At this point, you will have become dependent on alcohol to maintain that balance. Not drinking will result in an imbalance in the chemicals, causing alcohol withdrawal symptoms. The more you drink, the more you must maintain that balance and avoid withdrawal—not to mention achieving the same buzz as before.
While drinking staves off withdrawal symptoms, continued heavy use also negatively affects your health. The degradation of brain tissue and the impact alcohol use has on the liver, kidneys, and heart are the fatal destinations for those that refuse treatment.
Alcohol Addiction Treatment
If you or someone you know has an alcohol use disorder, you’re not alone. Clinical treatment is the only way to find true and lasting freedom from addiction safely and comfortably.
The first step in any level of alcohol abuse treatment is detox. Especially if heavy dependence has developed, your body requires alcohol to maintain a chemical balance and function normally. Stopping use cold turkey will leave your brain in a chemical imbalance, leading to severe withdrawal symptoms that can potentially be life-threatening. This is why going through alcohol detox is best done through medical supervision at an accredited detox facility.
During alcohol detox, healthcare professionals can monitor withdrawal symptoms and prescribe medications and treatments to keep you safe and comfortable as your internal chemistry returns to normal over a week. Near the beginning, these symptoms will peak and then mitigate as the week goes on.
Alcohol Inpatient Treatment
Detoxing is ideal for stabilization, but you’ll likely find yourself right back on the bottle without ongoing clinical treatment. You need to identify the motivation and root of your alcoholism if you hope to kick it for good and find lasting freedom.
Once the alcohol is out of your system, you’ll be free to start working on your mindset without the debilitating and uncomfortable withdrawal symptoms. The next step will be to engage in inpatient treatment, a longer process where you live on campus and participate in regular group and individual therapy sessions to address the root of your addiction.
Alcohol Outpatient Treatment
After inpatient treatment ends, you’ll be able to continue participating in those same therapy sessions, all while living at home and taking on more and more responsibilities from home. Now equipped with the mental skills you need to deal with the stresses and triggers of everyday life. As you transition out of traditional treatment, know that the journey to recovery never truly ends. Relapse is always waiting to strike, so plugging into the recovery community and surrounding yourself with healthy people and situations will steer you toward an alcohol-free life.
Frequently Asked Questions (FAQs)
How Many Daily Drinks Make You an Alcoholic?
The amount of alcohol each person can tolerate is unique to the individual. Your age, weight, gender, genes, and history with alcohol will all determine how much you can drink before developing an alcohol addiction. The National Institute on Alcohol Abuse and Alcoholism (NIAAA) classifies heavy drinking as having at least four daily drinks for men and three for women.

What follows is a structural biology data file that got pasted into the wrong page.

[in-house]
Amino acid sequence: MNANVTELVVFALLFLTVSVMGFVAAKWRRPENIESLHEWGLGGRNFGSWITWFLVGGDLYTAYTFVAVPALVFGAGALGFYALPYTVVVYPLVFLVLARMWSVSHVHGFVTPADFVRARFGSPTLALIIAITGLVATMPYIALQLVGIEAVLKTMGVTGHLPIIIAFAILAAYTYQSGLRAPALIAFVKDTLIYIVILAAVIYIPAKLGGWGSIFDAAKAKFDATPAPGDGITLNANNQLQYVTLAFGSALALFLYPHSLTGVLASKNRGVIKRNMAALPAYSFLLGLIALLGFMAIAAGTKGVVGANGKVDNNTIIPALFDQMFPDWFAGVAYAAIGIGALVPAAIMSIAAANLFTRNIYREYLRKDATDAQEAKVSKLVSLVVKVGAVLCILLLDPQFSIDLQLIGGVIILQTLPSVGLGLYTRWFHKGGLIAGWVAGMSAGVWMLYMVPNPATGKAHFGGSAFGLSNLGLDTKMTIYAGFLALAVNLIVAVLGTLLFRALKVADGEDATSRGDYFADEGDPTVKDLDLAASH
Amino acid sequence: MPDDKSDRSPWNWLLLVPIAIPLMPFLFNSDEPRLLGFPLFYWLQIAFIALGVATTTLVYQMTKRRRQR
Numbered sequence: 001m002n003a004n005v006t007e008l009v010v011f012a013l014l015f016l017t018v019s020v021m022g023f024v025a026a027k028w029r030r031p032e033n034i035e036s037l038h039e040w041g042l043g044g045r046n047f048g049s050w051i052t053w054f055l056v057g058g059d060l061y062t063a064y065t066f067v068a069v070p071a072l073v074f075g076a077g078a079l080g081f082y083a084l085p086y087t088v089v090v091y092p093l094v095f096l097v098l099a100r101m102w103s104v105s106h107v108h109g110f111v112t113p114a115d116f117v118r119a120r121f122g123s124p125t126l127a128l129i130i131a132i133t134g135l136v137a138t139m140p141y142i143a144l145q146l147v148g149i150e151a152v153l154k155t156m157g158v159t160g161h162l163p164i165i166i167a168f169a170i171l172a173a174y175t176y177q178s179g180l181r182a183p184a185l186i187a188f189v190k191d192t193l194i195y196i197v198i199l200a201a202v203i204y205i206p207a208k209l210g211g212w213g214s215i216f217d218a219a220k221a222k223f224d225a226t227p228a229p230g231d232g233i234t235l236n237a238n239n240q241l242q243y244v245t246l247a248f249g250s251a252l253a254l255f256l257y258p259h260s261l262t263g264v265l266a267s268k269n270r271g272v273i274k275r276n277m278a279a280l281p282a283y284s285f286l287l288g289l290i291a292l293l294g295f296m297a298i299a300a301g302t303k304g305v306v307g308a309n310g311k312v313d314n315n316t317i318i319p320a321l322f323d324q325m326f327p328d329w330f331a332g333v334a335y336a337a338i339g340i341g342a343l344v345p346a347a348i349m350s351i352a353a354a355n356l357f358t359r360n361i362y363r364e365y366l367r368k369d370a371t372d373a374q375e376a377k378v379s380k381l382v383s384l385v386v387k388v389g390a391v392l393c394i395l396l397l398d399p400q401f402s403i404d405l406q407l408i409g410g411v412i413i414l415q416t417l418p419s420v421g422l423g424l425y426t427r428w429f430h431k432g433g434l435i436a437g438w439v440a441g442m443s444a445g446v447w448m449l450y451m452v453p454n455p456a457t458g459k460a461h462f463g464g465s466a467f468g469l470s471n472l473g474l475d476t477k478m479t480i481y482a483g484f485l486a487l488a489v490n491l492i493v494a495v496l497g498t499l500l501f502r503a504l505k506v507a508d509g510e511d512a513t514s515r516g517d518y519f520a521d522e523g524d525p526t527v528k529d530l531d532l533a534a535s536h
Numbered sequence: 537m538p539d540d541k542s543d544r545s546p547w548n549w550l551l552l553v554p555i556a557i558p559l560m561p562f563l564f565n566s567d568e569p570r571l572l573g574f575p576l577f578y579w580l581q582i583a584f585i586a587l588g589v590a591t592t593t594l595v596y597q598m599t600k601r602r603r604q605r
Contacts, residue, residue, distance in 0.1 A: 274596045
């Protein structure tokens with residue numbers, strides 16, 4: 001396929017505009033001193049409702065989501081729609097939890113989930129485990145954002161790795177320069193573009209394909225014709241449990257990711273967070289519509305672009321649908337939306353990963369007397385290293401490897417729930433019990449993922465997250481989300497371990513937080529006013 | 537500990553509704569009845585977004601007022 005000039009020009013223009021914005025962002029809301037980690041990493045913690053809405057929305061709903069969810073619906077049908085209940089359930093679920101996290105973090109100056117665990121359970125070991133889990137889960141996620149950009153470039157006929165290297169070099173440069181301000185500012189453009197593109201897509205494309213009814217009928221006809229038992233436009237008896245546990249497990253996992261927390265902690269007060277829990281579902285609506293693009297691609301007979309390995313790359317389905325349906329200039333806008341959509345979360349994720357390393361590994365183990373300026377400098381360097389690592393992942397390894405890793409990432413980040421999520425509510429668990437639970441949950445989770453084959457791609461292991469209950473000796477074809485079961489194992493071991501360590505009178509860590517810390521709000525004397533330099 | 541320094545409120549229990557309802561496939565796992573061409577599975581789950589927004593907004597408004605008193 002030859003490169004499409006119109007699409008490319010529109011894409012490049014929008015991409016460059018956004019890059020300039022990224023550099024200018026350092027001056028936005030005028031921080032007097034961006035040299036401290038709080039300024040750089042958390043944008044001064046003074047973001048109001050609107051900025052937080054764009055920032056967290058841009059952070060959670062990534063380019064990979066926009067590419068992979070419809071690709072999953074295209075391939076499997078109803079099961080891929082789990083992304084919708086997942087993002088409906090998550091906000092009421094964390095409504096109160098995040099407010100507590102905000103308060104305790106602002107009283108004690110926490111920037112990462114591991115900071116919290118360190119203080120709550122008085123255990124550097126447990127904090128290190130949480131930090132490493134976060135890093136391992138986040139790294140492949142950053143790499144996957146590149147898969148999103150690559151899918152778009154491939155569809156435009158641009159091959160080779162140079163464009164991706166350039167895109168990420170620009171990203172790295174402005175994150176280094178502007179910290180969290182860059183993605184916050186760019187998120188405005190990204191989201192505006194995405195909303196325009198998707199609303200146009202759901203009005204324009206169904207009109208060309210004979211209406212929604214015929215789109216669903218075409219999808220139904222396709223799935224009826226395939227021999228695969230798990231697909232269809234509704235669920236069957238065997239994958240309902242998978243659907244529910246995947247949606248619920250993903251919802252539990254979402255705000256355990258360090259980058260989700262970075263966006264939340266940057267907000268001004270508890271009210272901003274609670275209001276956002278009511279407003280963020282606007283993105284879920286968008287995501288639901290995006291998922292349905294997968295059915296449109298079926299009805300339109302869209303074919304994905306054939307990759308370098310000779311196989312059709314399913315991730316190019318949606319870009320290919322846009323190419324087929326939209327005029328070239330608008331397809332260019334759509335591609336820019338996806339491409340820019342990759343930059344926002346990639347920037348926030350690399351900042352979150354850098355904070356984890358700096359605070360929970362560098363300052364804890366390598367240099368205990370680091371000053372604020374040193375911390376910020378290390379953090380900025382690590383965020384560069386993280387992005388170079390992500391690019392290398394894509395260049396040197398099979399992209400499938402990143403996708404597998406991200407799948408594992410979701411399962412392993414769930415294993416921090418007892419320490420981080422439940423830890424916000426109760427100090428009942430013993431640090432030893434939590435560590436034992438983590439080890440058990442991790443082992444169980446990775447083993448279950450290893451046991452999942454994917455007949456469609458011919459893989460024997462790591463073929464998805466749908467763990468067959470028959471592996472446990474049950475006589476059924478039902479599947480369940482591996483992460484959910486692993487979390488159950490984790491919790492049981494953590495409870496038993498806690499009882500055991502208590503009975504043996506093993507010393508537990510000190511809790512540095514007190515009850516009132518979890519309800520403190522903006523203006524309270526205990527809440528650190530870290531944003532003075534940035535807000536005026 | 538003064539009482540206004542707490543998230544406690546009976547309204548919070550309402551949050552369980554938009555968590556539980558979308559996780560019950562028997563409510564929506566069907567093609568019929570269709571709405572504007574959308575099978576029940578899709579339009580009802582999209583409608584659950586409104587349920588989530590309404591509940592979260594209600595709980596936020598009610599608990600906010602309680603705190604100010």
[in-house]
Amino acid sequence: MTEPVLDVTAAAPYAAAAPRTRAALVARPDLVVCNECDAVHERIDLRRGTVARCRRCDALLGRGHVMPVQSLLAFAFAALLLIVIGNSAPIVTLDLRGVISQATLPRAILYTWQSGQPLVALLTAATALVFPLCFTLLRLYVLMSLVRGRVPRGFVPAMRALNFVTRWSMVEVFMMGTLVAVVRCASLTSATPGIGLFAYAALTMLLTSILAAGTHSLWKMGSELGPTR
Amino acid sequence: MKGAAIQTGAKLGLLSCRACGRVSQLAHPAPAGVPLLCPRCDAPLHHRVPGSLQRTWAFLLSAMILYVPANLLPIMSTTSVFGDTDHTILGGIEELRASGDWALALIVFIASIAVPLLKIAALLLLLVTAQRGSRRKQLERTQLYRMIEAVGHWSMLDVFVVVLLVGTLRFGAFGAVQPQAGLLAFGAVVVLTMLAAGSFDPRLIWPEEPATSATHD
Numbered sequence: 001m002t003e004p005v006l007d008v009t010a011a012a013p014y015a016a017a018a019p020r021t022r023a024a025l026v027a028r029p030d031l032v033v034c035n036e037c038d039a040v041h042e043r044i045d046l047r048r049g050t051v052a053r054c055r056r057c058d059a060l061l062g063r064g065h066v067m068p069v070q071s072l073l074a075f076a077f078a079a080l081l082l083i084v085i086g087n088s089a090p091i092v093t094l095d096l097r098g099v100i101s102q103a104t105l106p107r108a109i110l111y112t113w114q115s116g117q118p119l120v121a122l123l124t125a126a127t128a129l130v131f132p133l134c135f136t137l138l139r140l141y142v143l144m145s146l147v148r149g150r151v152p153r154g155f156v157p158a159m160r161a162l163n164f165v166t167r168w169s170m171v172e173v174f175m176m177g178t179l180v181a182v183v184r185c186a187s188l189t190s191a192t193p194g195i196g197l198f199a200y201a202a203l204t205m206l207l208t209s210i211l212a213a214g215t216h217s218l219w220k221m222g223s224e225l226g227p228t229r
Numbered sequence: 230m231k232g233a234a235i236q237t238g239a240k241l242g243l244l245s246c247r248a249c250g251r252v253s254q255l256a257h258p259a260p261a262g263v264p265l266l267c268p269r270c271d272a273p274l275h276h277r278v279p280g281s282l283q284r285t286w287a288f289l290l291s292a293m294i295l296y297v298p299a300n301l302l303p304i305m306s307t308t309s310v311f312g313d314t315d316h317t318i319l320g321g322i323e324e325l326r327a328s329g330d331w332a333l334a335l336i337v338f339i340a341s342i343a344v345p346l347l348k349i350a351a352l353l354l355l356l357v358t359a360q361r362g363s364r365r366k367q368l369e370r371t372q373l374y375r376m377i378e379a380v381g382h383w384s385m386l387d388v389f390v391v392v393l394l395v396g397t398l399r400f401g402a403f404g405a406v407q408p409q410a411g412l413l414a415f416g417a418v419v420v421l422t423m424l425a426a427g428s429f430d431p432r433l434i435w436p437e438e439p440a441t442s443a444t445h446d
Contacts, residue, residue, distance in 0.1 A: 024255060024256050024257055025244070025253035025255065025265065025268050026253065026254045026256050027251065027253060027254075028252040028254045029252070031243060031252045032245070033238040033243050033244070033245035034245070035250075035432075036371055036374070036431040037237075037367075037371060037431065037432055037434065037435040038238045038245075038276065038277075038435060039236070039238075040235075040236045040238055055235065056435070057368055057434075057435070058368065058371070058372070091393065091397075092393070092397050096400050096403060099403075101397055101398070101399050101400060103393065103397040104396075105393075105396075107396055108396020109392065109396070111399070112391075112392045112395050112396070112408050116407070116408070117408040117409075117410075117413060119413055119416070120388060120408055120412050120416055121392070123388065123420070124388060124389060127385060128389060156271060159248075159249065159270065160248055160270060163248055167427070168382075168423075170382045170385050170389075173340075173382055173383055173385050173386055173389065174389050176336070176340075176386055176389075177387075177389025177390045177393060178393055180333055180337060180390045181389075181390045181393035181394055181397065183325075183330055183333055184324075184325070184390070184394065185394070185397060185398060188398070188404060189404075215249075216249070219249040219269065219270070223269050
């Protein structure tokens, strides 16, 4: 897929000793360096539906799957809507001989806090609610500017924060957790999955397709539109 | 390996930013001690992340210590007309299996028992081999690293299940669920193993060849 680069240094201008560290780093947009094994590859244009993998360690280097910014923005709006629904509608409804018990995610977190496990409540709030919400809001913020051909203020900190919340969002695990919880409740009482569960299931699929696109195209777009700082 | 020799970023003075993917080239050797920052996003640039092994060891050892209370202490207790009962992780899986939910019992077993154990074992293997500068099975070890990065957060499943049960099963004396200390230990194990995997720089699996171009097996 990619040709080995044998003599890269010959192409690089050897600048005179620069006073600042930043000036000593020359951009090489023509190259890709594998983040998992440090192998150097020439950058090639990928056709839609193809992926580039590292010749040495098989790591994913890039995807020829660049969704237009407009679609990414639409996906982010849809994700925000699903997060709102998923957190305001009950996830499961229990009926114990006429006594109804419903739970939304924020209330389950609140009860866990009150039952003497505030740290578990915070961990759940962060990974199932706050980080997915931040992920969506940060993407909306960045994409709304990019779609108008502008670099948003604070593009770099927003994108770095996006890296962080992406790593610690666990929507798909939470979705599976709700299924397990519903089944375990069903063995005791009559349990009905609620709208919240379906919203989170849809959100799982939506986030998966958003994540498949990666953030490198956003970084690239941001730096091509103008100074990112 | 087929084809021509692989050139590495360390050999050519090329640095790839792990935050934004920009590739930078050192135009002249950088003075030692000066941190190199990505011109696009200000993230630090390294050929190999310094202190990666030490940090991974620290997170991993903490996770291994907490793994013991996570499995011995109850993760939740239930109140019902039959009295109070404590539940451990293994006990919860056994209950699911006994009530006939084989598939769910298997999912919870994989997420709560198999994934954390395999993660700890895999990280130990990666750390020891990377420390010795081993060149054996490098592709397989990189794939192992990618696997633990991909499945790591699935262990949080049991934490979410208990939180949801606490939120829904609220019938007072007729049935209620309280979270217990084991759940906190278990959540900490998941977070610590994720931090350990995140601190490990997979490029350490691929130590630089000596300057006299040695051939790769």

What Happens to Your Body When You Stop Drinking?
As a depressant, alcohol will eventually cause the brain to stop producing depressants to compensate and maintain chemical balance. This is the development of a dependence on alcohol, meaning your brain requires alcohol to function normally. This means stopping use suddenly will lead to a chemical imbalance in the brain. This will result in withdrawal symptoms such as:
- Heart rate increase
- High blood pressure
What Does Alcohol Do to Your Brain?
While the symptoms you experience are dependent on factors such as age, the severity of the alcoholism, general health, genetics, and history of alcoholism. Sustained alcohol abuse can also:
- Damage the tissue in your frontal lobe
- Cause permanent memory loss
- Result in Wernicke-Korsakoff Syndrome
- Damage to the cerebellum
Some of these effects can be permanent without immediate help if you’ve been drinking heavily for a long time.
National Institute on Alcohol Abuse and Alcoholism. Alcohol Use Disorder (AUD) in the United States. (2023) Retrieved from https://www.niaaa.nih.gov/alcohol-health/overview-alcohol-consumption/alcohol-use-disorders
National Institute on Alcohol Abuse and Alcoholism. Alcohol Use in the United States. (2023) Retrieved from https://www.niaaa.nih.gov/alcohols-effects-health/alcohol-topics/alcohol-facts-and-statistics/alcohol-use-united-states
National Institute on Alcohol Abuse and Alcoholism. Alcohol and Pregnancy in the United States. (2023). Retrieved from https://www.niaaa.nih.gov/alcohols-effects-health/alcohol-topics/alcohol-facts-and-statistics/alcohol-and-pregnancy-united-states
Gallup, Inc. Majority in U.S. Drink Alcohol, Averaging Four Drinks a Week. (2012) Retrieved from http://news.gallup.com/poll/156770/majority-drink-alcohol-averaging-four-drinks-week.aspx
Wilcox, S. (n.d.). Facts About Alcohol. Retrieved from https://www.ncadd.org/about-addiction/alcohol/facts-about-alcohol
Wilcox, S. (n.d.). Signs and Symptoms. Retrieved from https://www.ncadd.org/about-addiction/signs-and-symptoms/signs-and-symptoms